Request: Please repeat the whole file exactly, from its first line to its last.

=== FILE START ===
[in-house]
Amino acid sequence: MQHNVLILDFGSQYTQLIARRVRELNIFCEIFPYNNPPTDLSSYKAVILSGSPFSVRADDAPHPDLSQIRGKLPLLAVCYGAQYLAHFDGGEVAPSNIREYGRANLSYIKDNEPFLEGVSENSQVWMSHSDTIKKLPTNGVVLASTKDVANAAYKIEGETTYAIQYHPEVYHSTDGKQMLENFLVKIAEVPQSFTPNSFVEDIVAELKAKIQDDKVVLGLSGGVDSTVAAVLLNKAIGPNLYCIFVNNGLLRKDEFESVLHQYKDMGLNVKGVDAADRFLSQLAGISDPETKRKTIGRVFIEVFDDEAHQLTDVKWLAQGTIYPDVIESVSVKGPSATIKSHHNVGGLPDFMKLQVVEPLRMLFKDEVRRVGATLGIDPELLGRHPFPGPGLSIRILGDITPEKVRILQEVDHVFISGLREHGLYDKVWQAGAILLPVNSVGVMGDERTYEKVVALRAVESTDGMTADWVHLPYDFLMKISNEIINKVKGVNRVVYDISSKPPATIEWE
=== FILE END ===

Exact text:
[in-house]
Amino acid sequence: MQHNVLILDFGSQYTQLIARRVRELNIFCEIFPYNNPPTDLSSYKAVILSGSPFSVRADDAPHPDLSQIRGKLPLLAVCYGAQYLAHFDGGEVAPSNIREYGRANLSYIKDNEPFLEGVSENSQVWMSHSDTIKKLPTNGVVLASTKDVANAAYKIEGETTYAIQYHPEVYHSTDGKQMLENFLVKIAEVPQSFTPNSFVEDIVAELKAKIQDDKVVLGLSGGVDSTVAAVLLNKAIGPNLYCIFVNNGLLRKDEFESVLHQYKDMGLNVKGVDAADRFLSQLAGISDPETKRKTIGRVFIEVFDDEAHQLTDVKWLAQGTIYPDVIESVSVKGPSATIKSHHNVGGLPDFMKLQVVEPLRMLFKDEVRRVGATLGIDPELLGRHPFPGPGLSIRILGDITPEKVRILQEVDHVFISGLREHGLYDKVWQAGAILLPVNSVGVMGDERTYEKVVALRAVESTDGMTADWVHLPYDFLMKISNEIINKVKGVNRVVYDISSKPPATIEWE